Chapter 2. Strategy Is about Making Choices, or Is It?

No battle plan survives first contact with the enemy.

Field Marshal Helmuth von Moltke, 1848–1916

Strategy formulation is often seen as a somewhat mystic process. Heroic stories in the business press do not make it easier. They typically like to portray business leaders as geniuses with brains the size of a basketball who can see things that others cannot. At a crucial moment in time, they make a strategic call that turns out to make all the difference in business performance ever after, leading the competition by years. But the higher these leaders rise in the eyes of the public, the harder they can fall, in case their prediction did not come true. And there are severe consequences for the share price.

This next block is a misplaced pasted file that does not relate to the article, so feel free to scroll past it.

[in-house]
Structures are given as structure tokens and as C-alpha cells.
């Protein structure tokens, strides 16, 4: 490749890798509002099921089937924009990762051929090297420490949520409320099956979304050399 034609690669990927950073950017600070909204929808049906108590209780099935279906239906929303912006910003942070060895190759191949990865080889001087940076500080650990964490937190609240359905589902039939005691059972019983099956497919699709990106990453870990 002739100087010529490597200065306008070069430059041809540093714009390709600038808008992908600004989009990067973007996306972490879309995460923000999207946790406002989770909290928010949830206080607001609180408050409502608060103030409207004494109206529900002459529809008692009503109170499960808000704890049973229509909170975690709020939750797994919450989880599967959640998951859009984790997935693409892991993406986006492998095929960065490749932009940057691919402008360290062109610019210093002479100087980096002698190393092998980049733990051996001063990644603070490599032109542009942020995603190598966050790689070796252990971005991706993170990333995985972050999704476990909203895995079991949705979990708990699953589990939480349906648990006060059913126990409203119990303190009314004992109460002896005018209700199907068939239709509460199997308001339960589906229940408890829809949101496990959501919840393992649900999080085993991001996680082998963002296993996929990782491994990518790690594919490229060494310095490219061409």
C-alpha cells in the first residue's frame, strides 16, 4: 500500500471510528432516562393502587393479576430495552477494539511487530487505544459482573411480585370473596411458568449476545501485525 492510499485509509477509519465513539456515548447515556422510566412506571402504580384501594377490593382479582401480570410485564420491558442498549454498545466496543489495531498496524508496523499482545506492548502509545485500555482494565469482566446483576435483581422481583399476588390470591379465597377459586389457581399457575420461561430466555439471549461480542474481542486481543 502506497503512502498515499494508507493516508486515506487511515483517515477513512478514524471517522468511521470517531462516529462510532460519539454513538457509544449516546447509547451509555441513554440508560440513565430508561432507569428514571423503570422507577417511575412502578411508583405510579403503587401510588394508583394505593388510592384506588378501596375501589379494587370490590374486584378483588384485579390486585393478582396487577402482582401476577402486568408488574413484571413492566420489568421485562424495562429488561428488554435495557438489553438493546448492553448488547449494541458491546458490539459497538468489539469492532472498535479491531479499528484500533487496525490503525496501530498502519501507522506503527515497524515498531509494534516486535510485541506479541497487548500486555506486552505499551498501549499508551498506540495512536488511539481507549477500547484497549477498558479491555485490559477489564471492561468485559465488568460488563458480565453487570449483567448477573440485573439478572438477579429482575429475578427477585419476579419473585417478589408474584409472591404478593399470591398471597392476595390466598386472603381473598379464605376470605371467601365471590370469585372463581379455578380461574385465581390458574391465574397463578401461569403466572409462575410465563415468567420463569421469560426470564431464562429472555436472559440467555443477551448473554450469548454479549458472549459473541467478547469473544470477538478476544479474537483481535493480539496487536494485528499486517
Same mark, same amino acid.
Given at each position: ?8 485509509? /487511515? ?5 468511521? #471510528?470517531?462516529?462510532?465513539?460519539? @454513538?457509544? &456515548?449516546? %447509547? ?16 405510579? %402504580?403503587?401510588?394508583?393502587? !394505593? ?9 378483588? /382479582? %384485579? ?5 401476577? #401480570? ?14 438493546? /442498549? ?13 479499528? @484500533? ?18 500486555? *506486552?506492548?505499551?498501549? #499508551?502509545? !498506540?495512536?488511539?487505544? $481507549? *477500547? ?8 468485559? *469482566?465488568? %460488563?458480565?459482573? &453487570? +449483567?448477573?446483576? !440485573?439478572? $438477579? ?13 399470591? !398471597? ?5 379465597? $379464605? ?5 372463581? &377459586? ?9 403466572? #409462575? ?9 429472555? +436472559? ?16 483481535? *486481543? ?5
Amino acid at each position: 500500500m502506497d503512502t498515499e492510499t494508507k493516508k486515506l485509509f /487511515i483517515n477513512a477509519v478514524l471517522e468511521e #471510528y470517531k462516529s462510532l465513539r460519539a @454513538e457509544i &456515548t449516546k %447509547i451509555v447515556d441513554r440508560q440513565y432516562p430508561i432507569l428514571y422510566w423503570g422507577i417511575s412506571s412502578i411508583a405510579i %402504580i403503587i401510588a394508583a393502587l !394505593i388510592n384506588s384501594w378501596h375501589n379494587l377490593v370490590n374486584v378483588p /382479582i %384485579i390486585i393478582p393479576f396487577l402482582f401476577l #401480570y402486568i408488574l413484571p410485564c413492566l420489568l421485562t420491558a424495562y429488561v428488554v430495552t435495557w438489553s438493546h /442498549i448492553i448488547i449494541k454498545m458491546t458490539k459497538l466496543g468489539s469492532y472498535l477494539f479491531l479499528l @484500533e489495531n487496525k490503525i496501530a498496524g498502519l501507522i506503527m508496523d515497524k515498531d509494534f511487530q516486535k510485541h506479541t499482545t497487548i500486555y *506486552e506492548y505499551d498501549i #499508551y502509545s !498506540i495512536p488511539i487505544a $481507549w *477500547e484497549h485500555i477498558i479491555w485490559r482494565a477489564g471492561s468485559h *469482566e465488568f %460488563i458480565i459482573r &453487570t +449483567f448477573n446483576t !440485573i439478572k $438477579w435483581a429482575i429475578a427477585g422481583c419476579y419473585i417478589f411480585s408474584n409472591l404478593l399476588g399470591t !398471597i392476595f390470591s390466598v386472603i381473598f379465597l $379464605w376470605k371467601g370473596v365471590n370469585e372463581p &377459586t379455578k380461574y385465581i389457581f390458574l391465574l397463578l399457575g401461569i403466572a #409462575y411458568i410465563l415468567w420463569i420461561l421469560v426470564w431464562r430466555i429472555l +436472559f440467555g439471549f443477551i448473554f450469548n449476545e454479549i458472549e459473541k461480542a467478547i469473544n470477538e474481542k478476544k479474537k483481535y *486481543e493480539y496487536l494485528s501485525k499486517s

The press loves to write about brilliant CEOs such as Steve Jobs of Apple (although in earlier times this was very different), Wendelin Wiedeking of Porsche (until the debt grew out of control), and Fred Goodwin of Royal Bank of scotland (until the credit crunch came along). And we love to hear and believe these stories. Even managers and leaders working within an organization find the strategy formulation process nebulous. Once a year, the executives organize an off-site and gather for a few days. To the rest of the organization it is unclear what they are doing. Perhaps they sing secret songs around the campfire. And once the off-site is over, the executives communicate the new strategy to the organization. As it is unclear where ...

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